Before I was thinking already of the next one, but here I want to enjoy.

PIERRE-HUGUES HERBERT: Normally it's after five minutes of winning a tournament he says, Okay, well, in two weeks it's Queen's, and here I want to congratulate you. Because you haven't said anything yet. You're just enjoying.

NICOLAS MAHUT: Yes, indeed.

PIERRE-HUGUES HERBERT: I know that tomorrow morning I will have a message.

NICOLAS MAHUT: Well, I will let you rest two or three days.

Q. Could you talk about the difficult moments between you and how you overcame them? Without telling all the secrets, could you elaborate what was the object of the debate and what was the compromise you found?
PIERRE-HUGUES HERBERT: To be honest, personally, I felt no very difficult moments between us. Of course, it was a difficult situation to manage, but overall it was between us. Everything went fine.

But what was difficult was around us, because many people were talking, and you have to question yourself. But very sincerely, maybe Nicolas will have a different answer, but personally, between us, nothing has changed.

When we arrived at this Davis Cup match, we were there for the team, for the captain. He makes his decisions. This decision was very difficult for us, but it didn't change anything. Nico was not jealous. If I had not played and Nico had played, I wouldn't have been jealous.

So what was the most difficult to manage was you, the journalists, people around us, and that's it.

NICOLAS MAHUT: What was difficult is that we were a team in the team. And so on that final, our team was broken down and it was difficult. We were supposed to play together, and then I had to play with Julien. You all know this story as much as we do.

So indeed it was quite complicated. But it's because we get along very well, because we love each other, that we talk to each other that we discussed about that. It was difficult, these matches in the Davis Cup. The first match afterwards was not easy.

And then gradually we had to, well, spend time together, to make friends again. What was really difficult is that around us we were hearing a lot of comments. And you were talking about that before the tournament. You were hearing rumors -- that was difficult -- that maybe we would be playing with different partners.

We never thought that, because we know each other very well. We are pretty sure of what we want. We want to share things together.

And today we are very happy to be in front of you and to have shown on the court that we are really very strong as a team but also in friendship. That's enabled us to find a way to success again.

Q. Congratulations. Is it easy to have 110 invitations for guests?
NICOLAS MAHUT: We have to thank Guy and the tournament. Normally it's not possible. But here they made an exception and the effort because it was a final with French team in Roland. We have to thank them.

But we had to say no to some people we would have liked to be here, but it was not possible.

So it gave us a lot of energy to see this box full and to have so much support from the crowd. It really adds a lot of pleasure.

Q. To avoid reliving what you lived in the finals, would it be possible to say to Yann, Either we play together or we don't play?
NICOLAS MAHUT: Well, try to say that and you'll see how he will react.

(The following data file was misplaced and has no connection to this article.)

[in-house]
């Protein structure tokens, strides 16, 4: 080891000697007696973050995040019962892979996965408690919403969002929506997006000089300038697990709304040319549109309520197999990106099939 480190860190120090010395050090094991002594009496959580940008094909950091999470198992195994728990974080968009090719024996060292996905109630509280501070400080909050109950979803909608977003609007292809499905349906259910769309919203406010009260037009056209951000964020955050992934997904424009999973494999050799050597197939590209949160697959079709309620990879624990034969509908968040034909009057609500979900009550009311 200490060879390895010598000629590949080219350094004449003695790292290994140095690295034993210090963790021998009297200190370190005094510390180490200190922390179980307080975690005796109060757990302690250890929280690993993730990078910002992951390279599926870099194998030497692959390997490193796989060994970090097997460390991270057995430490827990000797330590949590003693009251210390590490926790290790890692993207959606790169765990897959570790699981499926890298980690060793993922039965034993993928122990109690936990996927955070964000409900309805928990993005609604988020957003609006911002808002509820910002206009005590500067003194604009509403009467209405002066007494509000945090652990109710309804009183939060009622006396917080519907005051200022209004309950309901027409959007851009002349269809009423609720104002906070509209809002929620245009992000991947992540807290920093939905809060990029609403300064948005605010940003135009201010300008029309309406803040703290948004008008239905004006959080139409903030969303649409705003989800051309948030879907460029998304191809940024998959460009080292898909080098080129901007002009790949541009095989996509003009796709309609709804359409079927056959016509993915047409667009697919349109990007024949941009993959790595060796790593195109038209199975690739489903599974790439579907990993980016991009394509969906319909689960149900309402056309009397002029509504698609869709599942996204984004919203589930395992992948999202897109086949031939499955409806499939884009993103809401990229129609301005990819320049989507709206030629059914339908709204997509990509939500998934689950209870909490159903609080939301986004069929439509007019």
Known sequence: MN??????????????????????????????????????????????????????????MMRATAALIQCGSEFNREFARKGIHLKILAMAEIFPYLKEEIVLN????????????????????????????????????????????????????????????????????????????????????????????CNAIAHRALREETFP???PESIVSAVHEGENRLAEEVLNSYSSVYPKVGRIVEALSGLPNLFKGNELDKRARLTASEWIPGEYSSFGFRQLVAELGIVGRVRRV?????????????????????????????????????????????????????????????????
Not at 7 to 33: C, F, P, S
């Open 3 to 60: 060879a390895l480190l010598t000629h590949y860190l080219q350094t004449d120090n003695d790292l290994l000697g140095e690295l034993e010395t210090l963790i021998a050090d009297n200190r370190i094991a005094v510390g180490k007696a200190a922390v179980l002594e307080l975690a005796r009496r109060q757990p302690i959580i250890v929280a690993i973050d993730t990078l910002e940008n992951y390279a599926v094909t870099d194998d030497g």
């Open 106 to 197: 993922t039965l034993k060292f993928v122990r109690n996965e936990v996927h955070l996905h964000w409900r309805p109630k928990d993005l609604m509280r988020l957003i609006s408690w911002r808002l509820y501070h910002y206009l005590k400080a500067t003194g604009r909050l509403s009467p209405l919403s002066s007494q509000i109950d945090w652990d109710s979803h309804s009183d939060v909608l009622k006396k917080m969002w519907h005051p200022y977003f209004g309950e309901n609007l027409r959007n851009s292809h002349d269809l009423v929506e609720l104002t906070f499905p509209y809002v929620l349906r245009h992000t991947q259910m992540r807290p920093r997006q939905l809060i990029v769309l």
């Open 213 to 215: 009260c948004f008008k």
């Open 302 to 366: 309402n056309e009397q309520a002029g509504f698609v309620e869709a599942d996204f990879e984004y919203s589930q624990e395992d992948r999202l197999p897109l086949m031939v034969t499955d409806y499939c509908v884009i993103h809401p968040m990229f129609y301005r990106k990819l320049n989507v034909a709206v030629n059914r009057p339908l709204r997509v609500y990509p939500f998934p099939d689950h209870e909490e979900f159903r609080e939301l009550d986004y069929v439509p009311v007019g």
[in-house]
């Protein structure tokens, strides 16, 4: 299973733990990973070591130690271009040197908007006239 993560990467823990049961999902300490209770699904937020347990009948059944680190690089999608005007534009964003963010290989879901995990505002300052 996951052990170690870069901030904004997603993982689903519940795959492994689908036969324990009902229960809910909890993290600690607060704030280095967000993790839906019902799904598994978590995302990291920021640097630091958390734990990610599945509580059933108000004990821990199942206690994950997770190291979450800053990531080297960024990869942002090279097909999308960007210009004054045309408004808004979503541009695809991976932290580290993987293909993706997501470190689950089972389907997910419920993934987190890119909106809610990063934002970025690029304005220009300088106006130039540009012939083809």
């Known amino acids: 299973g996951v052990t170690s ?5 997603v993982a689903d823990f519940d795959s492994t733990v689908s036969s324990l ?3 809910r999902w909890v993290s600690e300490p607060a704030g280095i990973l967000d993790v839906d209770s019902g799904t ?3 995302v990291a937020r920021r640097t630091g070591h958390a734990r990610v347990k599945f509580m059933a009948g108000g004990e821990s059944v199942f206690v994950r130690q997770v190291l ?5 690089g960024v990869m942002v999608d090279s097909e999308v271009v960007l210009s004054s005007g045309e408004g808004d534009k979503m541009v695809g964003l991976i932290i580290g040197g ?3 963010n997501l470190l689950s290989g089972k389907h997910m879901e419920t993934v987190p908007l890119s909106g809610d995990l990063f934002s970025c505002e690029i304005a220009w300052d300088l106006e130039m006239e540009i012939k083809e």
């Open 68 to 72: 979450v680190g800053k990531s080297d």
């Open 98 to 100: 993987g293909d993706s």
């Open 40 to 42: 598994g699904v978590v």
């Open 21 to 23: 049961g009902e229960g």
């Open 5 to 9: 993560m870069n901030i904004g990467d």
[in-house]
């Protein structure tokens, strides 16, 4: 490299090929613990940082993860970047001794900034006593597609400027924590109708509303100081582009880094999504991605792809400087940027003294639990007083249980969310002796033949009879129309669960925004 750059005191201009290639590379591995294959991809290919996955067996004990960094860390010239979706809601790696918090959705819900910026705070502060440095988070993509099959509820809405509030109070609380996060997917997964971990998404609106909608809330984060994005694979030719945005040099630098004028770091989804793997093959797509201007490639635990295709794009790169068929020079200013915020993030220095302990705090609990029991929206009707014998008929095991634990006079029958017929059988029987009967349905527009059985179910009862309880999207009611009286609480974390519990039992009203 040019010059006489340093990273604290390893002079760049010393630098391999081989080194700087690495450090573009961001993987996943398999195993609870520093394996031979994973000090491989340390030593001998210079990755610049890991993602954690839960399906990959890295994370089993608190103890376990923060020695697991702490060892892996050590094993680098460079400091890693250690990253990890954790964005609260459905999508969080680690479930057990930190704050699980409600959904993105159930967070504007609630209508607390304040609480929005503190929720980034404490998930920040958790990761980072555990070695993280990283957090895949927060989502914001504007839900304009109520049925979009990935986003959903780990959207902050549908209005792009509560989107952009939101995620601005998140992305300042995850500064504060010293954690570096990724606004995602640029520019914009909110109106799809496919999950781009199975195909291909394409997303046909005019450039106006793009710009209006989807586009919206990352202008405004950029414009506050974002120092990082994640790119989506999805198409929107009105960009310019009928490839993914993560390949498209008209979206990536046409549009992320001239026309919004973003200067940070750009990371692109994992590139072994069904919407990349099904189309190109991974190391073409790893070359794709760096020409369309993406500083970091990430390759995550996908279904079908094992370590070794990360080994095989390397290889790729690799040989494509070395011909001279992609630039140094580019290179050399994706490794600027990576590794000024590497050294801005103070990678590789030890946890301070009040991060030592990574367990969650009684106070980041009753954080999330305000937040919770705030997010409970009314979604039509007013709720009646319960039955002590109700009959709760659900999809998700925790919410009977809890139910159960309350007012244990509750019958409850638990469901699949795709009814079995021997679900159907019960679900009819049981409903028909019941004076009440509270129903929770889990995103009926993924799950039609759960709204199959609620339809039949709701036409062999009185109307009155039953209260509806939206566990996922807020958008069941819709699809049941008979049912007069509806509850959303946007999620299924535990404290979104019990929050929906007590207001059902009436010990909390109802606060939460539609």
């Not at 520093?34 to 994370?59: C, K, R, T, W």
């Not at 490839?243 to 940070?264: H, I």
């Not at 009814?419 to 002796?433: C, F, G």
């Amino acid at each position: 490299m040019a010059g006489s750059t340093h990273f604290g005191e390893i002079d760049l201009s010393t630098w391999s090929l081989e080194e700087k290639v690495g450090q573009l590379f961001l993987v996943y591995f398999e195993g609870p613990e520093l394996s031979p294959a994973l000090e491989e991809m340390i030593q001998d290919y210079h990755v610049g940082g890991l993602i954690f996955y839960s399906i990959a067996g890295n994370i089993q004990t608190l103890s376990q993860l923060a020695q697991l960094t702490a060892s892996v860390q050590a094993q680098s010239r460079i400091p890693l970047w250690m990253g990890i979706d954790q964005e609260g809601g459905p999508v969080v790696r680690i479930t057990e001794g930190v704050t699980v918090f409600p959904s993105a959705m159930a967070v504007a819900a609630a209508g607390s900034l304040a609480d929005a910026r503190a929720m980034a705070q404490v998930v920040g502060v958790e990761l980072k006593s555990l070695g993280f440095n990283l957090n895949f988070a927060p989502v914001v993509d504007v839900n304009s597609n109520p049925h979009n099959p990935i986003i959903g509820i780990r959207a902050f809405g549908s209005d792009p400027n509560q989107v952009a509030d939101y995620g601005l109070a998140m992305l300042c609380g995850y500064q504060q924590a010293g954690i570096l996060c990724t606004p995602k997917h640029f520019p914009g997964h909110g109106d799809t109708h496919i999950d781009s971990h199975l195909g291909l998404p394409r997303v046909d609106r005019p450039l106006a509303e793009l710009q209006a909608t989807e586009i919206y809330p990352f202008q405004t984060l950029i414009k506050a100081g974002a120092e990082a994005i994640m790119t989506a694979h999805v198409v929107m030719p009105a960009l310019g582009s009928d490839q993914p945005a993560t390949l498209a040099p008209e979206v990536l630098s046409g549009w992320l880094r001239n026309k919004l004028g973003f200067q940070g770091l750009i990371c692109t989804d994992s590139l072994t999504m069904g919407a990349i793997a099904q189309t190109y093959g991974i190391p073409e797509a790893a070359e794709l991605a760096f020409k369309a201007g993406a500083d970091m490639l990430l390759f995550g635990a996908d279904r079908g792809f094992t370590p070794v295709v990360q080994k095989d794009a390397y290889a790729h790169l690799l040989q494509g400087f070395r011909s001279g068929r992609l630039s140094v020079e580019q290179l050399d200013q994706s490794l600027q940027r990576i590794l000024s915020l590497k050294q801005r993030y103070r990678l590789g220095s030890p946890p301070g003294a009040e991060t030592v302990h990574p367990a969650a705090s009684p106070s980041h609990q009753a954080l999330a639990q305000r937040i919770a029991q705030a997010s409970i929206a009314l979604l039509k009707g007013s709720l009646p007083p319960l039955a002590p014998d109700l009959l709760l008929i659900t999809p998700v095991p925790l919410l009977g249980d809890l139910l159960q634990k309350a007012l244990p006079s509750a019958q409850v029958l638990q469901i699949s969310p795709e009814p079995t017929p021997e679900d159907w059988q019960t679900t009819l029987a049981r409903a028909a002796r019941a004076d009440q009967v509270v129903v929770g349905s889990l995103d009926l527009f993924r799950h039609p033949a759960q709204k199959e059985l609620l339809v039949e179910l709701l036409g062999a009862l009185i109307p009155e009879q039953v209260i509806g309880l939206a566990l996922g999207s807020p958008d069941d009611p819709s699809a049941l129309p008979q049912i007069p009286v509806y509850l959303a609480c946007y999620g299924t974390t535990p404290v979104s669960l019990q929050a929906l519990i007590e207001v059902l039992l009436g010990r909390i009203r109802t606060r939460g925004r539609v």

PIERRE-HUGUES HERBERT: As I was saying earlier, unfortunately we are at the disposal of the team. When you're in a Davis Cup, it's not possible. It's not the same as when you're playing on the tour. Here we are playing for a country, for a captain maybe who will be asking Nico to play with another partner, and we will have to accept it.

But I hope we have showed the captain that we could be a very good option.

NICOLAS MAHUT: Yes, you're right.

Q. I know that you can't demand from a captain, but it has consequences for you for the rest of the year. There are collateral effects.
PIERRE-HUGUES HERBERT: Yes, but there were not so many collateral damage. But indeed it was difficult, especially Nicolas had a difficult time. But we rebuilt our team and this made us stronger. Nico didn't like it, and I would have had the same reaction if I would have been left aside.

And so we were six in the team, and we knew that two players would be left aside. But we knew that being selected in Lille for this title, we knew we were part of six people and only four would be playing, and that two players would be on the bench and it would be difficult for them. It's part of the deal when you're in a Davis Cup team.

When you play in the Masters, we know that your place is guaranteed if we have enough points. But when you play in Davis Cup, we know that it is the captain who decides, and we trust him and he makes the decision.

Q. Beyond your box, which was totally full, were you surprised that the central court was almost full at 8:00 p.m.?
NICOLAS MAHUT: It was a fantastic surprise. Because in 2013, if I remember correctly, there was a half crowd. The ladies final lasted even longer. And here I was saying to myself, if, well, it lasts three sets, people will leave. So it relieved a bit of the stress.

It was a beautiful surprise playing on the central court. I don't know if it was almost full or what, but we had a feeling that they were really present. We were hearing "Allez les Bleus" and "La Marseillaise" at the end.

These are things I will never forget.

FastScripts Transcript by ASAP Sports